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Sphenopalatine Ganglion Block

Sphenopalatine Ganglion Block Overview

Sphenopalatine ganglion block is a procedure that involves the delivery of a local anesthetic to the sphenopalatine ganglion (SPG)—a group of trigeminal nerve cells located in the back of the nasal passages—to relieve headache pain.

The sphenopalatine ganglion has both sensory and autonomic function. The autonomic nervous system controls physical symptoms, like tear formation and nasal congestion. The SPG is connected to the brainstem and the coverings of the brain called the meninges by the trigeminal nerve, which is a major nerve involved in headache disorders.

The anesthetic can be delivered to the SPG by applying it to cotton swabs and placing them into the back of the nose. It can also be given by an injection into the cheek, but this technique requires an X-ray to verify correct placement of the needle. A newer technique involves delivering the anesthetic through a thin plastic tube that is placed in the nose. This method is less invasive than an injection.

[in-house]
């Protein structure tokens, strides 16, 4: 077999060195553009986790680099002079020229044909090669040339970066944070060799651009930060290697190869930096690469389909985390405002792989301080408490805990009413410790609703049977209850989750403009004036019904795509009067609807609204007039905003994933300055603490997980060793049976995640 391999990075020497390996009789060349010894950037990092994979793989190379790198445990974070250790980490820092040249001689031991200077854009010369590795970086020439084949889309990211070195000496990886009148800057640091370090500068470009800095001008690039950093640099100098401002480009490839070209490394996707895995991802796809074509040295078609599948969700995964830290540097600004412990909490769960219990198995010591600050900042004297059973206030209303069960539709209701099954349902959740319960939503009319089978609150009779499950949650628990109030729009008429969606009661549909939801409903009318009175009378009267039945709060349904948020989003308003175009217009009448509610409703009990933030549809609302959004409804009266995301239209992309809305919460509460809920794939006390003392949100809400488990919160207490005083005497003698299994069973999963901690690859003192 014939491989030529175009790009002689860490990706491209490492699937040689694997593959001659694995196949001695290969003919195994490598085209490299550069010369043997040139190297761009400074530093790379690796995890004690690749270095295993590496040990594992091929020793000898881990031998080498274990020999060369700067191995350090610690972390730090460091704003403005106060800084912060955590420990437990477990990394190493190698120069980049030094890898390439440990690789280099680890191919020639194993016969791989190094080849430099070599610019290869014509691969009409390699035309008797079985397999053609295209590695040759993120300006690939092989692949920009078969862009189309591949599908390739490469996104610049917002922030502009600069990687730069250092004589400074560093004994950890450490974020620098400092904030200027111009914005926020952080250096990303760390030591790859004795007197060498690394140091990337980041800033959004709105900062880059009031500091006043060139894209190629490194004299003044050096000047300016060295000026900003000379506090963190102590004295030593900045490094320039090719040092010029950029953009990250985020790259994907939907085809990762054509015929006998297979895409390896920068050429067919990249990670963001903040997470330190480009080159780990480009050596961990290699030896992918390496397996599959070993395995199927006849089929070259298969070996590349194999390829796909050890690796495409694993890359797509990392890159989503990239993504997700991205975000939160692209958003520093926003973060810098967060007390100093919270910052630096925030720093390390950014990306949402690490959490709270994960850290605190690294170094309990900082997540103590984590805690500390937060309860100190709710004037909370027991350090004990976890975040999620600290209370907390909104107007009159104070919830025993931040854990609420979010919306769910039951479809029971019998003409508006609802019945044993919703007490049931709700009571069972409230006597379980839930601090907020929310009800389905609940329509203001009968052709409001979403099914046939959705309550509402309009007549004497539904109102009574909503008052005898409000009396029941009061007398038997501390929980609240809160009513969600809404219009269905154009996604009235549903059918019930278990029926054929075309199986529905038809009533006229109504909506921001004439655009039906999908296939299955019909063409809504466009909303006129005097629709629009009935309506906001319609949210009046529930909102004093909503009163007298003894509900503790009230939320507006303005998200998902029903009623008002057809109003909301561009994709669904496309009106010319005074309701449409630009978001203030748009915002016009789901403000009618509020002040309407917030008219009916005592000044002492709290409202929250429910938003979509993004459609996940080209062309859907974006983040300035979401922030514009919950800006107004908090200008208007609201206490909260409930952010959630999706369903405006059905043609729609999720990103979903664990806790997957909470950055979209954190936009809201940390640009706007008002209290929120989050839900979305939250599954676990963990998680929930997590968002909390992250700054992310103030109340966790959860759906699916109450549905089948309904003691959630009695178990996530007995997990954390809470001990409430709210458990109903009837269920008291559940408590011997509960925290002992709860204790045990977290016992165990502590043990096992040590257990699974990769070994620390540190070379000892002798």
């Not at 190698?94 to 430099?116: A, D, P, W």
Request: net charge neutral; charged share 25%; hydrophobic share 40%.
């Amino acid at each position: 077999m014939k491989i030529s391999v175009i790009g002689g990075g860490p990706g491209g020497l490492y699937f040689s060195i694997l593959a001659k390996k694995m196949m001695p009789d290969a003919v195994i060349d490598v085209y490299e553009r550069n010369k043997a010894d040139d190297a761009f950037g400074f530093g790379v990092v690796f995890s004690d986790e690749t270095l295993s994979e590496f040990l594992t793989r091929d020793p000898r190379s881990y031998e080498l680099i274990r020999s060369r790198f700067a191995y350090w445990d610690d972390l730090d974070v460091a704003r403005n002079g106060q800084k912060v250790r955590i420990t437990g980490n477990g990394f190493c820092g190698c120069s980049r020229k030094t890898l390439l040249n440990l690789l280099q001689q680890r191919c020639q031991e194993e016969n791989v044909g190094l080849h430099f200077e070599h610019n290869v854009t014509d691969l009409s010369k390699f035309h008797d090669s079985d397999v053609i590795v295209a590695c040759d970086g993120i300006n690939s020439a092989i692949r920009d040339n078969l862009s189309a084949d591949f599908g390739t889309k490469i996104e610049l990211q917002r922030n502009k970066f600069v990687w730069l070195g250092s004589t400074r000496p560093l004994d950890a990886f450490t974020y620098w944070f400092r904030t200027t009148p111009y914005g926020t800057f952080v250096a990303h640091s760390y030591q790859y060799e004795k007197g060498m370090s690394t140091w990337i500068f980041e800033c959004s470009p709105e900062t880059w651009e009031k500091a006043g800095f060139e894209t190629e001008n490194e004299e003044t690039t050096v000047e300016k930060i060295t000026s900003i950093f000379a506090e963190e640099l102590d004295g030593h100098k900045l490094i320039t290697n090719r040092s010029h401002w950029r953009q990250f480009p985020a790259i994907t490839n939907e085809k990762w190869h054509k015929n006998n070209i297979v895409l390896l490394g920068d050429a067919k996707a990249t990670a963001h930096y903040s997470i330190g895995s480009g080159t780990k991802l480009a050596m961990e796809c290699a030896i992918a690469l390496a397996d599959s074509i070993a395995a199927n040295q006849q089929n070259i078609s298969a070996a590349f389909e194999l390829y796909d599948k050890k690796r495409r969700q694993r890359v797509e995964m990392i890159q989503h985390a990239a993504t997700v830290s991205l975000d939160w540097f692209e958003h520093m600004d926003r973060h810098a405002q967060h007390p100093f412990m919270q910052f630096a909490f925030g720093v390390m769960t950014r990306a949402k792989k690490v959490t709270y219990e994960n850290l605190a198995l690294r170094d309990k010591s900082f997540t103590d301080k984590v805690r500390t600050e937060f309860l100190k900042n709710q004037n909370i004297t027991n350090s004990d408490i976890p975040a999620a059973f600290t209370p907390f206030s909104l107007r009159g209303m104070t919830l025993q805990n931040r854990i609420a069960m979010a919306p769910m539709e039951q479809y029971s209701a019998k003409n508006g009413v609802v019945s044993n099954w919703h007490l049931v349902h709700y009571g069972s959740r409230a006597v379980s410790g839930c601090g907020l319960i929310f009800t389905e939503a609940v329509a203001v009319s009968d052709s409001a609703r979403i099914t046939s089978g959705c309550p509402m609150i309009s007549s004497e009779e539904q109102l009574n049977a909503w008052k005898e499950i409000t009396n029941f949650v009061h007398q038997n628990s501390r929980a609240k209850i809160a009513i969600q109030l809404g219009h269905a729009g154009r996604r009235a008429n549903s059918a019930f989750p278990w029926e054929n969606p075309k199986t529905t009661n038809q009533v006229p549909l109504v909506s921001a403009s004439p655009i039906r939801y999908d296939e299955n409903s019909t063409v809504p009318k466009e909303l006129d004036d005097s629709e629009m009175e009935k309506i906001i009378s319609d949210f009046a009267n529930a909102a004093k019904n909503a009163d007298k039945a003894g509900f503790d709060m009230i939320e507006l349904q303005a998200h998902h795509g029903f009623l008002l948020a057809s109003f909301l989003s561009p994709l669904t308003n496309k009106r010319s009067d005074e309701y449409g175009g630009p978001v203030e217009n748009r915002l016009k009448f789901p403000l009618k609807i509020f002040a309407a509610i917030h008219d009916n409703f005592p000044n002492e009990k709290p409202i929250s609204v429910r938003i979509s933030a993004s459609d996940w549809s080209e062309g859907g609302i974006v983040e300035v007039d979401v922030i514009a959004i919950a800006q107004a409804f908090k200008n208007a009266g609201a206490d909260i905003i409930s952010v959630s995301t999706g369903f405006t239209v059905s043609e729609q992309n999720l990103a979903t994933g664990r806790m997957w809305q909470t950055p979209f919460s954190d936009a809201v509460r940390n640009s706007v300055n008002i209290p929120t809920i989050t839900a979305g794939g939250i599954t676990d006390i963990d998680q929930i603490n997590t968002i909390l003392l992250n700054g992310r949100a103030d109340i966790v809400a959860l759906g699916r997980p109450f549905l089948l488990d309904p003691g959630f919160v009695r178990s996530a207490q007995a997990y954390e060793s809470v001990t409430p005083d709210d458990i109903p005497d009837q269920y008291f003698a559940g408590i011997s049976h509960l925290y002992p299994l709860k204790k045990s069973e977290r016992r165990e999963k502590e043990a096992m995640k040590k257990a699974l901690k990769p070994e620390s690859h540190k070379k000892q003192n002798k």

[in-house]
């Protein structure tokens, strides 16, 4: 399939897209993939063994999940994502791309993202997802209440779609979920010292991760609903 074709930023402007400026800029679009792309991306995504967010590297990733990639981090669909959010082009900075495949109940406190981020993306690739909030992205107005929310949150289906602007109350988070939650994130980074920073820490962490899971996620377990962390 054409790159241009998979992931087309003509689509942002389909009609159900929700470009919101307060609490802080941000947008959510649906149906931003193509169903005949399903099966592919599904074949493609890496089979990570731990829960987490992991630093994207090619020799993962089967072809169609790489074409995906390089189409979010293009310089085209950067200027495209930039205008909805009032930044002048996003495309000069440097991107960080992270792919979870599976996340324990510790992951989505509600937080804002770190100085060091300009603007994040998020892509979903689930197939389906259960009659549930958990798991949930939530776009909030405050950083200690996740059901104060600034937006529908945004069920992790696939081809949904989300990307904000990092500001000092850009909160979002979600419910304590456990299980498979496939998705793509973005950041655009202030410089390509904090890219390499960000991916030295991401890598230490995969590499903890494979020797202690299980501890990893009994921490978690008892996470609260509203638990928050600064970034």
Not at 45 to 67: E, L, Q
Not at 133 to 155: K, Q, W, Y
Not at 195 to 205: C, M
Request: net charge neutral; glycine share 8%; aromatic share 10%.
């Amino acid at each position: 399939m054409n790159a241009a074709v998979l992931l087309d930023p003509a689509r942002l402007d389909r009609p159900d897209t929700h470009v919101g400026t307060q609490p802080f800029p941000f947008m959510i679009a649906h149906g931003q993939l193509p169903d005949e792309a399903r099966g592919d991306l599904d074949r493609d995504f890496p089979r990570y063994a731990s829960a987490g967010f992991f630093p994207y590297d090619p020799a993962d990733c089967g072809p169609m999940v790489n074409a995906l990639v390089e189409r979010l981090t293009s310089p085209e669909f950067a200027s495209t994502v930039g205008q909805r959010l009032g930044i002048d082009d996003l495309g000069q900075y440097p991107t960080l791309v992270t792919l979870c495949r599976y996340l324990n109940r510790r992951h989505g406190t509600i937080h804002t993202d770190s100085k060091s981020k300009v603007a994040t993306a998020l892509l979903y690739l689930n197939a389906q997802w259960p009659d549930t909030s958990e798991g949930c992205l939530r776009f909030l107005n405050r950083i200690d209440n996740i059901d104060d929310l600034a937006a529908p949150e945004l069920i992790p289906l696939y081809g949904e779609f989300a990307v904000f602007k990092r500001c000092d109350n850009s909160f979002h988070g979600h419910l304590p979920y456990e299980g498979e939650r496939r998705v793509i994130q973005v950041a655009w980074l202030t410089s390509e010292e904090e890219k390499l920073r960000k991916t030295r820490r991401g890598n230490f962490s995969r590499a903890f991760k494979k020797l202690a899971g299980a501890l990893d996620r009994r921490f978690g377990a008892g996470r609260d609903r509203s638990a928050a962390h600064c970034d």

What is a sphenopalatine ganglion block used for?

Sphenopalatine ganglion block is used to treat headache disorders, such as:

The local anesthetic works by blocking or reducing pain signals carried by the nerve cells in the sphenopalatine ganglion. The duration of pain relief varies greatly, with some people experiencing no pain relief and others seeing improvement for days, weeks, or months. The procedure can be repeated, as necessary.

Am I a good candidate for sphenopalatine ganglion block?

You may be a good candidate for sphenopalatine ganglion block if you have headache or facial pain that is not responding to other treatments.

The most common side effects include numbness in the throat, low blood pressure, lightheadedness, and nausea. These effects usually last no more than a few hours. You may also experience nasal bleeding or irritation.

Information and Resources

American Migraine Foundation

Sphenopalatine Ganglion Block Videos

Medically Reviewed by Kerry Knievel, DO, FAHS on September 4, 2022